Kemp Offers Load Balancer for SMB Hosts

By Andy Patrizio (Send Email)
Posted Jan 19, 2010


KEMP Technologies has launched a new virtual-appliance application delivery controller called Virtual LoadMaster, which handles load balancing for managed service and hosting providers. New appliance gives managed providers serving the SMB market an enterprise-scale load balancer.

Through better load balancing of both physical and virtual servers, MSPs and MHPs can reduces or eliminate the amount of hardware needed and better maintain costs associated with power consumption, cooling, rack space constraints and other environmental dependencies of hardware-based appliances.

The Virtual LoadMaster is specifically for MSPs and MHPs aimed at the SMB world. Initially, hosted and managed services were only for the enterprise/large customers, but as hardware and bandwidth became a commodity, that trickled down to smaller businesses. But hosts serving that market encountered the same problems as enterprises; load balancing issues.

"It made sense for a lot of businesses to outsource hosting of Web-facing apps to managed and hosting service providers. But there are thousands of them of various sizes and shapes and target markets and those in turn have thousands of customers. So there was a need for load balancing," Peter Melerud, vice president of product development at Kemp Technologies told InternetNews.com.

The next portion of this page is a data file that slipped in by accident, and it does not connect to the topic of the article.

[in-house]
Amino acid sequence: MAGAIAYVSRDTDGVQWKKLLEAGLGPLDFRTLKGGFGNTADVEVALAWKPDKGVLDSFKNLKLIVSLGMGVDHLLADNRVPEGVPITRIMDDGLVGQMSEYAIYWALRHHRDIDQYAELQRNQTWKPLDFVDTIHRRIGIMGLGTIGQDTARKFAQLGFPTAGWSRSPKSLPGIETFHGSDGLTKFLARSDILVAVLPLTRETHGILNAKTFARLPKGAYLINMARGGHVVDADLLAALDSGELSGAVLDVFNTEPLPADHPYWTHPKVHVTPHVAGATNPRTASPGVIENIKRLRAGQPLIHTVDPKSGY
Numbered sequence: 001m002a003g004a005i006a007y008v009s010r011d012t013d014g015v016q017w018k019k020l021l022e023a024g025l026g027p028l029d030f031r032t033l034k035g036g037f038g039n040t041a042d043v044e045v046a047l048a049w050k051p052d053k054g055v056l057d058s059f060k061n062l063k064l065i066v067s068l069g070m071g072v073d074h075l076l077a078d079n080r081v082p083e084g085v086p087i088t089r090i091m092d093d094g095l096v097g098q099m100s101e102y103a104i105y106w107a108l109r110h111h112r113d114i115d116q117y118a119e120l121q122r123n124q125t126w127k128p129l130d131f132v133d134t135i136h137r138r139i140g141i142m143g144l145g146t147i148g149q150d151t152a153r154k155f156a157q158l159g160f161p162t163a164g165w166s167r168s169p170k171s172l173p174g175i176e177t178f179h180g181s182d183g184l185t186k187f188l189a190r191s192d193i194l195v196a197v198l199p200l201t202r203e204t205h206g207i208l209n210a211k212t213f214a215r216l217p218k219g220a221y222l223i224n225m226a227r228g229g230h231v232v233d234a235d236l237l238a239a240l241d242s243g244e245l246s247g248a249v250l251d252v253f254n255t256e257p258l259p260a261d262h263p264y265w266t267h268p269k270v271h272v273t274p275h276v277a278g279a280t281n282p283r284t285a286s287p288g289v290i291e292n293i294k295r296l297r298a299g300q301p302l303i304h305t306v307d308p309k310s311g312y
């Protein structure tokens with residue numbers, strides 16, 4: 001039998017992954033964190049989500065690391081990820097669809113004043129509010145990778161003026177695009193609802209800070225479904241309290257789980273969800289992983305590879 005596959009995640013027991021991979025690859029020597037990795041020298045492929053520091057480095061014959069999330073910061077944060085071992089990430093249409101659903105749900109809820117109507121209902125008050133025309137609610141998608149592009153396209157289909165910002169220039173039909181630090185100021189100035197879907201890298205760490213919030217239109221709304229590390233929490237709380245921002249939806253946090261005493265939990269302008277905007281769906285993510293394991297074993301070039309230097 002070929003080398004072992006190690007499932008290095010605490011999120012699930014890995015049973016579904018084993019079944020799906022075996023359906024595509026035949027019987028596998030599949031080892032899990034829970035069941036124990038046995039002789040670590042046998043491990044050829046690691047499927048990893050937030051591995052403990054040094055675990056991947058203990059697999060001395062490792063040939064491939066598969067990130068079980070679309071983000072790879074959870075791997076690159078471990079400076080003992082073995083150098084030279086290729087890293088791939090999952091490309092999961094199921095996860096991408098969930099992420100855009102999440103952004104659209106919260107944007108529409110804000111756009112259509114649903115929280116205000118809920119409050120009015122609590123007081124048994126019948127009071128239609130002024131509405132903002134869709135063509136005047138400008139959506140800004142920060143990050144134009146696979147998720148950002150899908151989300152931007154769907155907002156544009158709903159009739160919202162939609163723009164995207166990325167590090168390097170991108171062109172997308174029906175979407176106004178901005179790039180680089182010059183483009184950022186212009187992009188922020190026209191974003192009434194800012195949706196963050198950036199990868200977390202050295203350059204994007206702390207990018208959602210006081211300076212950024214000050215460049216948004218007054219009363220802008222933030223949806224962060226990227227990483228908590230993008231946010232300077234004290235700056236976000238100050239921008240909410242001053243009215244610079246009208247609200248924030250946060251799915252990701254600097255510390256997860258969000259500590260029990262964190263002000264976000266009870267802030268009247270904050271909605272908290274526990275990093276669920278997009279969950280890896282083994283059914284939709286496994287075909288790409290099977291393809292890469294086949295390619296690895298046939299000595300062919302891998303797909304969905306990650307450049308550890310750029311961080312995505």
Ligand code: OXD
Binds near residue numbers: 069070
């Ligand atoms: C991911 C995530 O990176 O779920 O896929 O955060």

In a typical hosted application environment, applications tend to be tied to one physical server and be paired with an Application Delivery Controller (ADC). That gives none of the flexibility that cloud services or virtualization offer. Virtual LoadMaster helps eliminate that need for a server by moving to a non-fixed setup and offering the same features in software as usually found on a hardware appliance.

This includes layer 4 load balancing of TCP/IP apps, content switching between servers, persistence at layer 7, checking the health of apps, SSL offloading and acceleration, caching and protection and intruder prevention, according to Melerud.

It can run on a system with as few as two physical servers. "Our goal is to bring load balancing to the masses. We believe the masses are today at that level are served by hosting and managed services industry. That's why we are targeting them first," said Melerud.

Kemp plans to release an end-user version of the software soon. This will be for SMBs to buy and deploy in their own company. For now, the software is just for sale to MSPs and MHPs, at a price of $99 per customer per license.

Andy Patrizio is a senior editor at InternetNews.com, the news service of Internet.com, the network for technology professionals.

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